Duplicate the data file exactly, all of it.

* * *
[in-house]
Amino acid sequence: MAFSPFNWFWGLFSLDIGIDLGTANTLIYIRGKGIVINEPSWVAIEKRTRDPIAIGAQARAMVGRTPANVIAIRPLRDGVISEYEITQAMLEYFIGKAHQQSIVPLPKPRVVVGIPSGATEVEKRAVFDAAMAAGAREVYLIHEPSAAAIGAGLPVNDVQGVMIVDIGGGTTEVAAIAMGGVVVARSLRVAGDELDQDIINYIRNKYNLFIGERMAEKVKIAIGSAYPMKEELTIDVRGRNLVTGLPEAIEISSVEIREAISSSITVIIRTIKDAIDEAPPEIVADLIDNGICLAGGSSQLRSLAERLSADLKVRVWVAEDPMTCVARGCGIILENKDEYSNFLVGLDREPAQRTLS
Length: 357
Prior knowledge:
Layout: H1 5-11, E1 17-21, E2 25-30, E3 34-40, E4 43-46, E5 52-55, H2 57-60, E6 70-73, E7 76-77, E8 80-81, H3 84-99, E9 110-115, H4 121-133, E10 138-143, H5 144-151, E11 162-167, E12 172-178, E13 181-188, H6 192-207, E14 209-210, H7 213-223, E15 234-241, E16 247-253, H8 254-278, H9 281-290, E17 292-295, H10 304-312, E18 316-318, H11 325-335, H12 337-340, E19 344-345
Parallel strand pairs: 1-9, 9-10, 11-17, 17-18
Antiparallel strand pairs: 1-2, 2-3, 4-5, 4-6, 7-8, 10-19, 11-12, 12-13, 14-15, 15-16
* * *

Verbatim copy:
[in-house]
Amino acid sequence: MAFSPFNWFWGLFSLDIGIDLGTANTLIYIRGKGIVINEPSWVAIEKRTRDPIAIGAQARAMVGRTPANVIAIRPLRDGVISEYEITQAMLEYFIGKAHQQSIVPLPKPRVVVGIPSGATEVEKRAVFDAAMAAGAREVYLIHEPSAAAIGAGLPVNDVQGVMIVDIGGGTTEVAAIAMGGVVVARSLRVAGDELDQDIINYIRNKYNLFIGERMAEKVKIAIGSAYPMKEELTIDVRGRNLVTGLPEAIEISSVEIREAISSSITVIIRTIKDAIDEAPPEIVADLIDNGICLAGGSSQLRSLAERLSADLKVRVWVAEDPMTCVARGCGIILENKDEYSNFLVGLDREPAQRTLS
Length: 357
Prior knowledge:
Layout: H1 5-11, E1 17-21, E2 25-30, E3 34-40, E4 43-46, E5 52-55, H2 57-60, E6 70-73, E7 76-77, E8 80-81, H3 84-99, E9 110-115, H4 121-133, E10 138-143, H5 144-151, E11 162-167, E12 172-178, E13 181-188, H6 192-207, E14 209-210, H7 213-223, E15 234-241, E16 247-253, H8 254-278, H9 281-290, E17 292-295, H10 304-312, E18 316-318, H11 325-335, H12 337-340, E19 344-345
Parallel strand pairs: 1-9, 9-10, 11-17, 17-18
Antiparallel strand pairs: 1-2, 2-3, 4-5, 4-6, 7-8, 10-19, 11-12, 12-13, 14-15, 15-16